Arik Hesseldahl

Recent Posts by Arik Hesseldahl

ThousandEyes Aims to Ease Solving Cloud Performance Problems

thousand_eyesToday’s a day for enterprise-focused companies to be coming out of stealth. The latest is called ThousandEyes, and its aim is to address a peculiar problem that emerges in the era of cloud computing.

As so many enterprise applications have migrated off-premise and into the cloud, companies that use them are a little bit at the mercy of their SAAS providers when those applications go down. If has a performance issue, you’re sort of stuck watching its performance dashboard and waiting until the issue is resolved. The situation is essentially out of the enterprise’s control.

Backed by a $5.5 millon investment from Sequoia Capital, ThousandEyes aims to make it easier to solve those problems. CEO Mohit Lad told me that performance management products that enterprises have available to them today are generally blind to everything outside the corporate firewall.

ThousandEyes has technology that provides some visibility into the many layers involved with delivering an application and all its connecting tissue, making it easier to track down the source of the problem.

If that doesn’t get the job done, there’s a capability to provide deep path analysis to show in pretty surgical detail the path running between you and the cloud provider. There’s also a tool that will let you share information about the service problems with other members of your team around the world, so you can easily compare notes and get the problem solved faster.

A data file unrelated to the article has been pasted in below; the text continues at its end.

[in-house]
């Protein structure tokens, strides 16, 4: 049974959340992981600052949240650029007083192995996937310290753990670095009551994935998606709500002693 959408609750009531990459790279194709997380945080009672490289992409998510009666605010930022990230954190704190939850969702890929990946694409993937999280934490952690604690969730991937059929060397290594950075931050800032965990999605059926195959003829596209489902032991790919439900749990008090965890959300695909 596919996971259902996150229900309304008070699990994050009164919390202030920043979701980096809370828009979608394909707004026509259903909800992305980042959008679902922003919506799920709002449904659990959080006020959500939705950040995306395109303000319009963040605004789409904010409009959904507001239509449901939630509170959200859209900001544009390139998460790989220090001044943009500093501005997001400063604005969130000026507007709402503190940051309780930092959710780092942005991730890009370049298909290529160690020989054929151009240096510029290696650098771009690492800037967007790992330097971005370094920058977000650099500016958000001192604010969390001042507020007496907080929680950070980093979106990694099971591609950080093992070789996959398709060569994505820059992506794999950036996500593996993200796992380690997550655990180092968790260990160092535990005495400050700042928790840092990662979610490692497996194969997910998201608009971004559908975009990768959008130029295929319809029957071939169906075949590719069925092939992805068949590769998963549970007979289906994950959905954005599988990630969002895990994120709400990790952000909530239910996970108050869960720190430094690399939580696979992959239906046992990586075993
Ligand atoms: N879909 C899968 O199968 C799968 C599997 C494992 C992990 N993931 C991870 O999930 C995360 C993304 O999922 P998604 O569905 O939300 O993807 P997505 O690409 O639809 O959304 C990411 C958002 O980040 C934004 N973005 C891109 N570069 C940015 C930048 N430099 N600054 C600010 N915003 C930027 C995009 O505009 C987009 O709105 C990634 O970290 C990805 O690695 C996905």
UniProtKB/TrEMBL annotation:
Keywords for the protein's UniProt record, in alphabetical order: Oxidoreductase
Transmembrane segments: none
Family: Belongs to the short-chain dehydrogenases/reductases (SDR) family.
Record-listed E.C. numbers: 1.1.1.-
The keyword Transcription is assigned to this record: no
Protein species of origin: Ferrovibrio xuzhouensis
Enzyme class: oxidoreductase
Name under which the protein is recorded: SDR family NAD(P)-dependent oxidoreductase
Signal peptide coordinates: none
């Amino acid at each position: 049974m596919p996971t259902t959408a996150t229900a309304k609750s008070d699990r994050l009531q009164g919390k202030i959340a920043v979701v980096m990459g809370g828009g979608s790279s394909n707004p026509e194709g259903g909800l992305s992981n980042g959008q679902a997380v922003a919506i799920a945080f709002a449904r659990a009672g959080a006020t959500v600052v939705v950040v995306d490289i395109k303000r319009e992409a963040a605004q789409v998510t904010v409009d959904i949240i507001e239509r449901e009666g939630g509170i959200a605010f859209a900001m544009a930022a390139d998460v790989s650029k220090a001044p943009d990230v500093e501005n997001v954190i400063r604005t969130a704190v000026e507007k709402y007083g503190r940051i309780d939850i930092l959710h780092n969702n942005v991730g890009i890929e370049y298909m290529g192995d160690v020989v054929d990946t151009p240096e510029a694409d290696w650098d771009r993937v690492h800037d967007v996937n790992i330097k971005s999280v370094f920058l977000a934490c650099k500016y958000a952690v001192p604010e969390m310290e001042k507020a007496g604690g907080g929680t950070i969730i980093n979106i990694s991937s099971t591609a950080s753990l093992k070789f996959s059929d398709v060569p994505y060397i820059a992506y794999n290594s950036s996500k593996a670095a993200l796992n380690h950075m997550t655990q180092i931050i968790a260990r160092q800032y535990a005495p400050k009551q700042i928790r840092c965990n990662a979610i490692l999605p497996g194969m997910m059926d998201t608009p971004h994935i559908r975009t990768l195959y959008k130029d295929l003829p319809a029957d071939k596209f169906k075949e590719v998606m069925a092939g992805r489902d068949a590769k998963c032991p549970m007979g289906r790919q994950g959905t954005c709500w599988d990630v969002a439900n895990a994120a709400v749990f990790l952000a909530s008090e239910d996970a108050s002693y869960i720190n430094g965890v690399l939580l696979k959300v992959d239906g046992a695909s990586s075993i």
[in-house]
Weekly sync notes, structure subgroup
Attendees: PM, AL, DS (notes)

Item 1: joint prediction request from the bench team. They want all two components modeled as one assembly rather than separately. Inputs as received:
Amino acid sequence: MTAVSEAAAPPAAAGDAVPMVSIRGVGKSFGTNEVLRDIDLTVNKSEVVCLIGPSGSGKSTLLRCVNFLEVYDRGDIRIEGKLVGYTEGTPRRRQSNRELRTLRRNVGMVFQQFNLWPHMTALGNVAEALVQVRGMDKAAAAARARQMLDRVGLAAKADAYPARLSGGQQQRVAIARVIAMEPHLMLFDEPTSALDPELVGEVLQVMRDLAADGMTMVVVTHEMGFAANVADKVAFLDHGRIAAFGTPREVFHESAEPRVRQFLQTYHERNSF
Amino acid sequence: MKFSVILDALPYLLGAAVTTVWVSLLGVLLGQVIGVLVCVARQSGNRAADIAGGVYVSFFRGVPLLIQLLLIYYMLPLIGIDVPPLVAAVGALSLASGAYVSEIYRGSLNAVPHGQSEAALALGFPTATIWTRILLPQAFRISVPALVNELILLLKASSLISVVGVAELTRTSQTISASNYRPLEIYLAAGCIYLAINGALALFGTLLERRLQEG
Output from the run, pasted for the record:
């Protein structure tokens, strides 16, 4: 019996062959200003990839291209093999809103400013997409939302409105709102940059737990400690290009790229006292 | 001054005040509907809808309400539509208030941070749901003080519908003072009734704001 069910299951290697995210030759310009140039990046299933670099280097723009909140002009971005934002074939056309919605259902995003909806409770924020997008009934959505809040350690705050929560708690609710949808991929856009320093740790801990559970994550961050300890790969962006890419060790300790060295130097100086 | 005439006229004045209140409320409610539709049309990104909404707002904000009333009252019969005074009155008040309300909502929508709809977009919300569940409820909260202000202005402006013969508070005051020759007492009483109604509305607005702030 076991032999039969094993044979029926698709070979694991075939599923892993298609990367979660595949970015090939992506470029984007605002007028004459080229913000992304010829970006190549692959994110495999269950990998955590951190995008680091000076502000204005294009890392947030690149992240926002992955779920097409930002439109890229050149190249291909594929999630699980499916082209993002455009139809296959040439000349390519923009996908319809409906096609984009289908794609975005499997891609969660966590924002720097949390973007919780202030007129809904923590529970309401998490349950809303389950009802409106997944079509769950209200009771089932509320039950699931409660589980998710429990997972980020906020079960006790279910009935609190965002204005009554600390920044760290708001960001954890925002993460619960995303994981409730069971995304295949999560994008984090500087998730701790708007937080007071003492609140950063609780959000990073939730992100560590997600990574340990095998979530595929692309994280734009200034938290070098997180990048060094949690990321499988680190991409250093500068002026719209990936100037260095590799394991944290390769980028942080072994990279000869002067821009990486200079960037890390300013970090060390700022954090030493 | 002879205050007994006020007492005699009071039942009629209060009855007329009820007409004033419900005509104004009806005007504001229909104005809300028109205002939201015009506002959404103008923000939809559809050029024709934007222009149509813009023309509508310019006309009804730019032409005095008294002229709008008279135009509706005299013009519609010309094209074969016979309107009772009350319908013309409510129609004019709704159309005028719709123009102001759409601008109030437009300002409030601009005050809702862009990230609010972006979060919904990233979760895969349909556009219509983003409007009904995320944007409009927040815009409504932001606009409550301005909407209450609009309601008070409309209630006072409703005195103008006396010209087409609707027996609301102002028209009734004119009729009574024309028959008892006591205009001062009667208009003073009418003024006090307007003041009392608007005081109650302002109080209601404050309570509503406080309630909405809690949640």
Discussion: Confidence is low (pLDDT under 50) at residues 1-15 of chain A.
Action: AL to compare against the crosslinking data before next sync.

It already has a pretty impressive roster of customers: Cloud services provider Equinix, cloud-based productivity app Evernote, travel site Priceline, ServiceNow, Twitter, Zendesk and Zynga.

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I think the NSA has a job to do and we need the NSA. But as (physicist) Robert Oppenheimer said, “When you see something that is technically sweet, you go ahead and do it and argue about what to do about it only after you’ve had your technical success. That is the way it was with the atomic bomb.”

— Phil Zimmerman, PGP inventor and Silent Circle co-founder, in an interview with Om Malik